Facade of the Church of Nª Sª de la Antigua. Monforte de Lemos

In the text called “Brief relation of the festivities that the college of the Society of Jesus of Monforte made in the consecration of the new church …” The following is read when referring to the Church: “… it came out so perfect and finished in everything that in order to paint themselves outside, a particular relationship is needed and longer than that of the festivities that they made in their consecration. “

Without pretending to fill many pages in his description, Miguel Angel Feal Antelo, in his work on the College of Nª Sª de la Antigua describes the Church thus:
“It is of the so-called Jesuit style, inspired by the Gesu of Rome, the mother church of the Jesuits. Its plant is a Latin cross with little developed arms.
The central nave, measuring 33.80 x 9.25 meters, with a half-barrel vault, adorned with a profusion of caissons. On it open some windows to leave free space to the windows that give way to light. The height of this central nave is 20.80 meters.

Main nave of the Church

The presbytery, rectangular in shape, is 9.25 meters wide and 6.20 meters deep, rising 0.75 meters above the pavement of the Church. The lateral naves, of 22.70 x 5.20 meters, with closed upper gallery and interconnected chapels, open to the central nave through three arches flanked by composite pilasters, with Corinthian capitals. On the cruise stands out a half-orange dome, topped with a beautiful lantern with six large windows. The height of the dome is 36 meters and its diameter is 10 meters. The church was completed by Simon de Monasterio in the year 1619.

The dome and the skylight or lantern suffered deterioration with the passage of time, and especially, because of the Lisbon earthquake of 1753. In 1786 the dome of the dome that threatened ruin was repaired, and in 1841 it was also repaired. cupulin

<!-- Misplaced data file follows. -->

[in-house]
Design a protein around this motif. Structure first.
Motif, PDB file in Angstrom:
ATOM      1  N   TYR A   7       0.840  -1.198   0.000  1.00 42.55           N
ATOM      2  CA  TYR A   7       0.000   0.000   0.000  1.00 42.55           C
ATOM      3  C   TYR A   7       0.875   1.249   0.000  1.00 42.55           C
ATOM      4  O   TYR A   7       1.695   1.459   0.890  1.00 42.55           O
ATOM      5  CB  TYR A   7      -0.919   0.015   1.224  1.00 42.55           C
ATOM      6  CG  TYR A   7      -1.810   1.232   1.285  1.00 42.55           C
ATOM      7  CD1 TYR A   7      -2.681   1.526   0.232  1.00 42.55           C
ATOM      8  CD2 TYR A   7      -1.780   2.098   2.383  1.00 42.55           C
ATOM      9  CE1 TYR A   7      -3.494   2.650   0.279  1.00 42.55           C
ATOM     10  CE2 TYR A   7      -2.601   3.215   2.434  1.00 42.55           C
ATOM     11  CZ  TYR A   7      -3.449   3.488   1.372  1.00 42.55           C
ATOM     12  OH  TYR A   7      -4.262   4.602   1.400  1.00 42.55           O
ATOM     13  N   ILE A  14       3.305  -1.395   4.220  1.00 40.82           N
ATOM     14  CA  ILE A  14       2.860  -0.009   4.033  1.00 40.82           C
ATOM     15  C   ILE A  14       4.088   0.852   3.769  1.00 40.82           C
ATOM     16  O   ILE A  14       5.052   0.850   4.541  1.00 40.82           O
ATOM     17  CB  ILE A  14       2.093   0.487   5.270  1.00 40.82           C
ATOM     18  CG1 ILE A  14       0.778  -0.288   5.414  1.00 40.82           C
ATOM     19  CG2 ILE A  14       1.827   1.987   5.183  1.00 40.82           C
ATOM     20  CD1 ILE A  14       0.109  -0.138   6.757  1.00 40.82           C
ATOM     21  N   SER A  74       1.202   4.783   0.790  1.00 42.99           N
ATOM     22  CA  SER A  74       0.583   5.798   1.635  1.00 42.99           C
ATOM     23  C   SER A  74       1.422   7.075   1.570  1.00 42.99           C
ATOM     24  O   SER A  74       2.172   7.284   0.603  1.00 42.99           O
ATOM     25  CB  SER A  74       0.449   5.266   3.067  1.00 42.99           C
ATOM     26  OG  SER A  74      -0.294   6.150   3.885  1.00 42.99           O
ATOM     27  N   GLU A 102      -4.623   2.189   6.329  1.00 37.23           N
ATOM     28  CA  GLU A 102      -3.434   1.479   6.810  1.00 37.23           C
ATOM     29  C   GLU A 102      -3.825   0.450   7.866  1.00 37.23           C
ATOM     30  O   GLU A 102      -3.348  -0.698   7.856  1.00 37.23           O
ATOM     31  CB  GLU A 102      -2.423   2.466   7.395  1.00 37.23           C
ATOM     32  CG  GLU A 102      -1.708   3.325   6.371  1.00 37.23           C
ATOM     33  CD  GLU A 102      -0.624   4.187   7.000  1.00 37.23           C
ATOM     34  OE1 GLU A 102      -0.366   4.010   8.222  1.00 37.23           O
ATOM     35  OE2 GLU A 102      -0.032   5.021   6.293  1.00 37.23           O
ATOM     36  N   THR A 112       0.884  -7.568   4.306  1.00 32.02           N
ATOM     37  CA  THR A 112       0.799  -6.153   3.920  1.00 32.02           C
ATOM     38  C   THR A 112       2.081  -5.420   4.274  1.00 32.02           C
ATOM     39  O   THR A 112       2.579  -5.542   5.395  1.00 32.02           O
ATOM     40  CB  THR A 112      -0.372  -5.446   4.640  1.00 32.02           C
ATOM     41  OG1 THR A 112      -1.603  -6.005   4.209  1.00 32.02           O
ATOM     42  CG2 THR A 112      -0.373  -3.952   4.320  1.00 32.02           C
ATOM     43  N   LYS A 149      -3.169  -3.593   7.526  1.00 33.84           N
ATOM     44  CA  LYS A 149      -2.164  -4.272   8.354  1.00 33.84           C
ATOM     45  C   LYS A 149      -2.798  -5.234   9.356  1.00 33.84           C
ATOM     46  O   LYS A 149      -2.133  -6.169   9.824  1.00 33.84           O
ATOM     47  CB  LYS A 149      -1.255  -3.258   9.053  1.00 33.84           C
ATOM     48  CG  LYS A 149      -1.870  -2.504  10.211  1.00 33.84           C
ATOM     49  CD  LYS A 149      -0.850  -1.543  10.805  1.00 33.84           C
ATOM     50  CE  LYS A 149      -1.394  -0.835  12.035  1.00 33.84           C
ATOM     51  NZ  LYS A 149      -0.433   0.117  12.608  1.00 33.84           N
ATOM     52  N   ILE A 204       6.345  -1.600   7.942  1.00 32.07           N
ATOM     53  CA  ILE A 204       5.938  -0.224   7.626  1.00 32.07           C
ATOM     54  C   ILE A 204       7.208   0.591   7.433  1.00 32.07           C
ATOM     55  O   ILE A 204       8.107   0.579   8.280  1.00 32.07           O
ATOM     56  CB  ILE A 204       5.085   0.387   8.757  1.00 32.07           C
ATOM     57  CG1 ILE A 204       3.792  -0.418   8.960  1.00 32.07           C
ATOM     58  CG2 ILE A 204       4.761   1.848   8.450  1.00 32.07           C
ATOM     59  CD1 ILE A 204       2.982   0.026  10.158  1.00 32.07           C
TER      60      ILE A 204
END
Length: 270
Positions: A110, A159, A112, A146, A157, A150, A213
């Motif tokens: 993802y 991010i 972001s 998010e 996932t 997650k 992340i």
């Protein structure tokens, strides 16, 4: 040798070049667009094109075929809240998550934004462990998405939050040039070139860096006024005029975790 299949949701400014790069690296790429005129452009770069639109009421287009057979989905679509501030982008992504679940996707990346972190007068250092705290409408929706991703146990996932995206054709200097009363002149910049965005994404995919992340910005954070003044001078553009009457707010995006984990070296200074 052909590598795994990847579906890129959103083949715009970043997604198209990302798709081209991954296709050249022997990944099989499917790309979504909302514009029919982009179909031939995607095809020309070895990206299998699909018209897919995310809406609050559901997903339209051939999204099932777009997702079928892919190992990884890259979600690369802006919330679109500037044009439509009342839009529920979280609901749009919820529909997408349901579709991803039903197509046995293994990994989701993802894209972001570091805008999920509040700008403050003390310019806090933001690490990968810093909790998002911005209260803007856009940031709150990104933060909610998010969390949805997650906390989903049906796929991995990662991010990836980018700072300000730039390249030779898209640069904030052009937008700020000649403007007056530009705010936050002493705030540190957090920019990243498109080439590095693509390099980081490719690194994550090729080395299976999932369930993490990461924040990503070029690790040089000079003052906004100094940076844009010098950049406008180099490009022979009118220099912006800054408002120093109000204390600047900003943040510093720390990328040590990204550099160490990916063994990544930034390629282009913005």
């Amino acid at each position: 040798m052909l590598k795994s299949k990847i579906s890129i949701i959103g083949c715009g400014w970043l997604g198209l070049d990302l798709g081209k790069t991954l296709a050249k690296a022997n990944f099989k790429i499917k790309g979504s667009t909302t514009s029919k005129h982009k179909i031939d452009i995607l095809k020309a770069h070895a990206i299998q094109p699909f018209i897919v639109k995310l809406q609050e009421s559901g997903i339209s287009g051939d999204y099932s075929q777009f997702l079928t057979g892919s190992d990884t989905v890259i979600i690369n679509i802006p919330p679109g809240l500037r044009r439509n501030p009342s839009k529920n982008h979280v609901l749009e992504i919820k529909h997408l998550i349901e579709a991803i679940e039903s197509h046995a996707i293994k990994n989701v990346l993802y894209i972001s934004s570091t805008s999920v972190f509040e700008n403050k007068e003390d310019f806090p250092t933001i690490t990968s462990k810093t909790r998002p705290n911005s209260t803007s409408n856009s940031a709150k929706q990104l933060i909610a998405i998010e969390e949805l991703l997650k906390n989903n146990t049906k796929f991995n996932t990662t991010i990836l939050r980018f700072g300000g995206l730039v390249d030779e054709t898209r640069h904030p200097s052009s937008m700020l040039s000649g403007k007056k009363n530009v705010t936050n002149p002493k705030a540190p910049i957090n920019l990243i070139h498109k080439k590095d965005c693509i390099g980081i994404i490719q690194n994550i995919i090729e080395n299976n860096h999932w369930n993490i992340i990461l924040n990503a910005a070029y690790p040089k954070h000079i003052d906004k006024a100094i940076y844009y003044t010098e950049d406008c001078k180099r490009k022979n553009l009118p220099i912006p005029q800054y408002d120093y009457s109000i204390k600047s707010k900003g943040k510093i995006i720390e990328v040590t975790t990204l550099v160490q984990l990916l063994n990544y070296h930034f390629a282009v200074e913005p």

Dome and pendentives from the top of the altarpiece

The same happens with the two towers, built by Simón de Monasterio, which stand at the two ends of the church’s head as if guarding the main chapel, and which are absorbed by the mass of the building. Its proportions must have been somewhat diminished with respect to the primitive traces. Of two bodies, with the second decreasing, divided by a balustrade that is repeated in the last body, separating it from the half orange that finishes them, they were imitated then incorporating them to the façade inside an Italianate type that served as model to all Galician seventeenth century. His model is the Valladolid and Escurialense, in which the round columns of the Renaissance were simplified daringly in pilasters or vertical strips. Its volumes, which are somewhat heavy here, are only broken by the single semicircular arch of their smooth faces, without the beautiful faces of recessed and protruding casetons of their prototype. “

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